Only 44 articles, those from Brazil, Dominican Republic, Saint Lucia and Suriname, out of a total of 132 articles measured intensity of infection. Brazil was the country with the highest number of records of intensity of infection (153; 76.9%) and the only one which reported the percentage of children infected according to WHO’s intensity of infection classification levels.[10,11] The intensity of infection is one of the first indicators which is reduced when schistosomiasis PC is implemented. Therefore, it is very important to monitor the intensity of infection, because when intensity of infection is high it takes more time to reduce the prevalence and the post-treatment reinfections are more frequent. The intensity of infection was expressed as an arithmetic mean, as recommended by WHO, in only 9 articles; the geometric mean was the measure most used (31 articles), despite the fact that it can under- or overestimate the efficacy of praziquantel. The classification by level of intensity of infection allows a quick assessment of the proportion of people who suffer from the serious consequences of this disease and therefore the burden of the disease in the community. Given the above, the draft guidelines for verification of elimination of schistosomiasis as proposed by WHO to control morbidity and to eliminate schistosomiasis as a public health problem established the goals to reach prevalence of severe intensity of infection of less than 5% and 1%, respectively. Therefore, schistosomiasis endemic countries need to assess the prevalence, but also measure intensity of infection, as recommended by WHO.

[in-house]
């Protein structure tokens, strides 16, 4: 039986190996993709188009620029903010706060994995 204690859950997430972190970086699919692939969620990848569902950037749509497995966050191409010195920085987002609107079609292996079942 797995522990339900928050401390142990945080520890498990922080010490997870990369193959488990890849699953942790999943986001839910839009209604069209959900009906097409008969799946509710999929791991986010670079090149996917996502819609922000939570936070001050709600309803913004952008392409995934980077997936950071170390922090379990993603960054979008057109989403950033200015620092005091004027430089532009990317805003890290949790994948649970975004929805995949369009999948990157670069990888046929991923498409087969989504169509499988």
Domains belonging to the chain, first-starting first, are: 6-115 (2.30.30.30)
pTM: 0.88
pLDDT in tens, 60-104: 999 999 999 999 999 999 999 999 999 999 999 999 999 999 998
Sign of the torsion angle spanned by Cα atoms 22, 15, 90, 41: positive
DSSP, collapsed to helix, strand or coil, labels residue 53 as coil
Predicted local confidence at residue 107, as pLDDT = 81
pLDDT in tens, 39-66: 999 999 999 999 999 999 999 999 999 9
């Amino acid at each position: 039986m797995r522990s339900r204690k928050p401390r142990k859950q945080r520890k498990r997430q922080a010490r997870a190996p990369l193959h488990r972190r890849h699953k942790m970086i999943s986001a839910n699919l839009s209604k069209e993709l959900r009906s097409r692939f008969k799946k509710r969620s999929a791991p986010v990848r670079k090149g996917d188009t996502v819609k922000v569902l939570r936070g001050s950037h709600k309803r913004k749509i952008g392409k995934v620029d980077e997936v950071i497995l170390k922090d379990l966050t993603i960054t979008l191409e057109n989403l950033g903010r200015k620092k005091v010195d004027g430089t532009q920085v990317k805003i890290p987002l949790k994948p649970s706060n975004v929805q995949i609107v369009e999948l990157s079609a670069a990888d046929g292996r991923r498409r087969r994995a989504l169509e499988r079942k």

This systematic review is focused on children to identify recent SCH transmission by the time the included studies were conducted. Therefore, this study may underestimate the prevalence of chronic schistosomiasis infection where transmission might be interrupted years ago but remains in adults and where results were not reported disaggregated by age group. For example, we have not included any data of the western focus in Venezuela (Chabasquen), which is in the confluence of Lara, Portuguesa and Trujillo states. This is an old focus still active, according to the Ministry of Health of Venezuela. 
The methodology for monitoring and evaluating schistosomiasis control programs are well defined by current WHO guidelines. However, further investigations and guidelines on suitable tools for monitoring and evaluating schistosomiasis elimination programs and criteria and procedures for validating the elimination of transmissions need to be published by WHO.